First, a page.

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Aging SOF Helicopters Will Have To Fly for Decades More

May. 15, 2013 - 02:32PM   |  
By PAUL McLEARY   |   Comments
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TAMPA, FLA. — In the chaotic September 2009 rescue of New York Times reporter Stephen Farrell in northern Afghanistan by British special forces who were ferried to the mission by US special operations aircraft, Farrell’s interpreter, Sultan Munadi, and a British paratrooper were killed.

In a briefing about SOCOM’s plans for its rotary wing fleet, Col. Ramsey Bentley said that the three MH-47 choppers managed to avoid 40 rocket propelled grenades shot at them during the mission, and responded by lobbing a staggering 18,000 rounds of ammo back at the target.

The entire operation — from when the team was given the OK to go, planned the mission, flew to the target and flew back — only took about 3.5 hours, Bentley said.

And those workhorse Chinooks are going to have to shoulder quite a burden for decades to come. SOF aviators won’t be able to replace the MH-47 Chinook until the 2030s or even the 2040s when the joint Future Vertical Lift (FVL) program is planned to come on line, Bentley said.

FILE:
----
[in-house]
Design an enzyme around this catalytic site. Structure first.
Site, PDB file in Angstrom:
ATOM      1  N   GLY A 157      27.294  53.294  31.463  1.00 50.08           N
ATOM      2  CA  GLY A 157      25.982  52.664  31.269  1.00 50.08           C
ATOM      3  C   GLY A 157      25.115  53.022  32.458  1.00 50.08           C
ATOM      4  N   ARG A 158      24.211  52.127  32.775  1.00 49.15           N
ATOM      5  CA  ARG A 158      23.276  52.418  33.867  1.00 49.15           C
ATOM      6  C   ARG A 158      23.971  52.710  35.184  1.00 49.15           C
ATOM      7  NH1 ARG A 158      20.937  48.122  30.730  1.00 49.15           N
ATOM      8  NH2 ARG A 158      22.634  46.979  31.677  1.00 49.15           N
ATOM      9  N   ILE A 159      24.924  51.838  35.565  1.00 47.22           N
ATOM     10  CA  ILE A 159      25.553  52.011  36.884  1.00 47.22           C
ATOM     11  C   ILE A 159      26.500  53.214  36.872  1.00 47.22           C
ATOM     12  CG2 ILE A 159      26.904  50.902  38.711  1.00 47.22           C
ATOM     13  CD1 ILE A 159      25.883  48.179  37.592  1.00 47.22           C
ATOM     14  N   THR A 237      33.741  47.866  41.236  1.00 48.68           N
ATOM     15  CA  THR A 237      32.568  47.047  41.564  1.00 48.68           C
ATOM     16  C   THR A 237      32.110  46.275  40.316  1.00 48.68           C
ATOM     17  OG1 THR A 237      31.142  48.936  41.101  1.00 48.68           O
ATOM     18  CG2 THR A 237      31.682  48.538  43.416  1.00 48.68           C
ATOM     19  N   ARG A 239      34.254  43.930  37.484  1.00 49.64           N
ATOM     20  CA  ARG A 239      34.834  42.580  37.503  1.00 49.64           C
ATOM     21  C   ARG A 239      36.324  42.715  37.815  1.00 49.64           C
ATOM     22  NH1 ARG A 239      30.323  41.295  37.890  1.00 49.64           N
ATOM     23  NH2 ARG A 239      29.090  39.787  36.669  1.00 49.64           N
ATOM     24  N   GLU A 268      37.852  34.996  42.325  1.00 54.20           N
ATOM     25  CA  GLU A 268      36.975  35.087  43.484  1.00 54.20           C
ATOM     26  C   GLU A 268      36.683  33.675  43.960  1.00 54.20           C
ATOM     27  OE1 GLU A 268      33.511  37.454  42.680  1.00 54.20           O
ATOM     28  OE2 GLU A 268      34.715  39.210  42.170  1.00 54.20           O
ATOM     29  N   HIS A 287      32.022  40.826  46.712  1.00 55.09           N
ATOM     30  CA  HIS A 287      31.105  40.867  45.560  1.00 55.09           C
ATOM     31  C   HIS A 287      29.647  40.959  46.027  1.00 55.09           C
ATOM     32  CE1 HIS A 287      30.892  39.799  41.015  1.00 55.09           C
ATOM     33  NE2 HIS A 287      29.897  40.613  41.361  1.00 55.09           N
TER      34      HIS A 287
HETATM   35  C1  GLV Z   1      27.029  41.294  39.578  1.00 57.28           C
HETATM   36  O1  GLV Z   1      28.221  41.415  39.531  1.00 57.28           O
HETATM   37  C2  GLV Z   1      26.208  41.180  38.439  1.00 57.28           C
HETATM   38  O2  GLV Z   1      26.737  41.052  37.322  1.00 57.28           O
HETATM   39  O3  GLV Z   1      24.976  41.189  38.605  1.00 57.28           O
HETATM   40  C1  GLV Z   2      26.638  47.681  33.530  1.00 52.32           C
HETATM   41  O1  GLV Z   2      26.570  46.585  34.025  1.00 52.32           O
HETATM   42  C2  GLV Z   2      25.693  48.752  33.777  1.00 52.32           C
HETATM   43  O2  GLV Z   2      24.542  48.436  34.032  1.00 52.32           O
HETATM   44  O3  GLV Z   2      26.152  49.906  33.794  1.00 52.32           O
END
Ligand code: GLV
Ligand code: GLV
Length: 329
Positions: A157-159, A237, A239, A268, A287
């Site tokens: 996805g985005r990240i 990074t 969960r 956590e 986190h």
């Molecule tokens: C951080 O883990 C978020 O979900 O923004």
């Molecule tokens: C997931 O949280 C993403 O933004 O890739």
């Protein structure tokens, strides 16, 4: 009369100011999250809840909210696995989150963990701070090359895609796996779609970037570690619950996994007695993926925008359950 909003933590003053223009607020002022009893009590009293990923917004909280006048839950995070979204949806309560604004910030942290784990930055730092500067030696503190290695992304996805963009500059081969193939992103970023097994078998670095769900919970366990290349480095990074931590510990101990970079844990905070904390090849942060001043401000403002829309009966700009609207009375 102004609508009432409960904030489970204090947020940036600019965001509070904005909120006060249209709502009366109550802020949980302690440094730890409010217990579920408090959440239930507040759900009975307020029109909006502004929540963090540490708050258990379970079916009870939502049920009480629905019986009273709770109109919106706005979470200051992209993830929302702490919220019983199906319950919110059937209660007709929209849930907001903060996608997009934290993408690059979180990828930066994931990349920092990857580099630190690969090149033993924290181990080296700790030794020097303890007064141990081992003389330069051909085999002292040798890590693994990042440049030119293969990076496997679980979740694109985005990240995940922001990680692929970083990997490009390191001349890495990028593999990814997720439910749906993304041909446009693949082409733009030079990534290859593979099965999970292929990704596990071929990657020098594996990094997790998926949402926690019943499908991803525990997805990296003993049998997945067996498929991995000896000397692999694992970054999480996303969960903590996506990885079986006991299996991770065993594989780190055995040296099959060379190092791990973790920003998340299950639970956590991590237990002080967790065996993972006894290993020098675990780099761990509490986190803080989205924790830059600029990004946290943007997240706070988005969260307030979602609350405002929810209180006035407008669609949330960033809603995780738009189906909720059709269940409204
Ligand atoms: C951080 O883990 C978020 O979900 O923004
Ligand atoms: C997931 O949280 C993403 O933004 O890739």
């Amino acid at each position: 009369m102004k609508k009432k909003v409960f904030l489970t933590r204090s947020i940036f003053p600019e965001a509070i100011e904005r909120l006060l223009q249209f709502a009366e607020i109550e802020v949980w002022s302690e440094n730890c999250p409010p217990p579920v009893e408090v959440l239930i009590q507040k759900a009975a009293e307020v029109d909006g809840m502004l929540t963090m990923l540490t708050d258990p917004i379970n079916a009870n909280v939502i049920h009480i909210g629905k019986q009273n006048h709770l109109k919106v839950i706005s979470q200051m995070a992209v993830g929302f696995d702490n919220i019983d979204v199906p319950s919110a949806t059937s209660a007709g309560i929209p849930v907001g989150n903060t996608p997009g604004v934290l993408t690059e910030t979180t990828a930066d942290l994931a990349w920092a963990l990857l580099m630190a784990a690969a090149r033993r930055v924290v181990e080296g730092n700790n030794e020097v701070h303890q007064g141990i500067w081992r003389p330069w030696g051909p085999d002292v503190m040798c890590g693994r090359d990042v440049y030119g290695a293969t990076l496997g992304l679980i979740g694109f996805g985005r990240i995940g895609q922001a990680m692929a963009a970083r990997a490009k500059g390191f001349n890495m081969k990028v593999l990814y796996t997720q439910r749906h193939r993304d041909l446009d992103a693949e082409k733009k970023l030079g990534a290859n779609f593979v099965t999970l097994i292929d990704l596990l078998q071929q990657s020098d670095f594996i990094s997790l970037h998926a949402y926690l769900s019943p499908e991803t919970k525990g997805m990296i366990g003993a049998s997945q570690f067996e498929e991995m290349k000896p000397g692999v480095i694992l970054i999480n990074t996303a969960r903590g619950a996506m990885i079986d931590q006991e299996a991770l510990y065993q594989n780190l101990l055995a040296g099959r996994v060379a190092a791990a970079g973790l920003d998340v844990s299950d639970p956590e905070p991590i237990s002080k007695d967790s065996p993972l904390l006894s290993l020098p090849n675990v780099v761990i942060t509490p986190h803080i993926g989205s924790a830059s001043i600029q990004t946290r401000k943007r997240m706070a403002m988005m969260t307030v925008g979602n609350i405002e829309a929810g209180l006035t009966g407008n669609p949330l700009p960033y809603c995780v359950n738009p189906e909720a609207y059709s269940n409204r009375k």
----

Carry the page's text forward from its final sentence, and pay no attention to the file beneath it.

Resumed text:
“Our rotary wing aircraft fleet is old,” Bentley said. “We have made very good incremental improvements, but really we have not done a lot of improvement on the speed, range and lift capability of those aircraft.”

The AH-6 Little Bird Block III upgrade planned for 2017 or 2018 “is an incremental upgrade,” but Bentley said that either the Armed Aerial Scout (AAS) or light variant of the FVL program might replace the Little Bird in later decades, if either program actually happens.

Either way, Bentley said that the Little Bird, which special operators have been flying since the early 1980s, will see continued upgrades though the 2020s and 2030s until a replacement can be found.

Even further out is a possible replacement for the MH-47G Chinook, which will keep chugging until the late 2030s or 2040s, as well.

The midweight FVL is also slated to replace the Black Hawk variants that operators fly, which is due at about the same time.

“There is one caveat to that,” Bentley said. “Sikorsky currently has a product, the S-97 Raider, that is going to be in competition for the Armed Aerial Scout program. That aircraft does have FVL-like capabilities. However, I do not want to draw a parallel between AAS and FVL.”

Still, he said, the platform is a possible option to become the light variant for the FVL aircraft.

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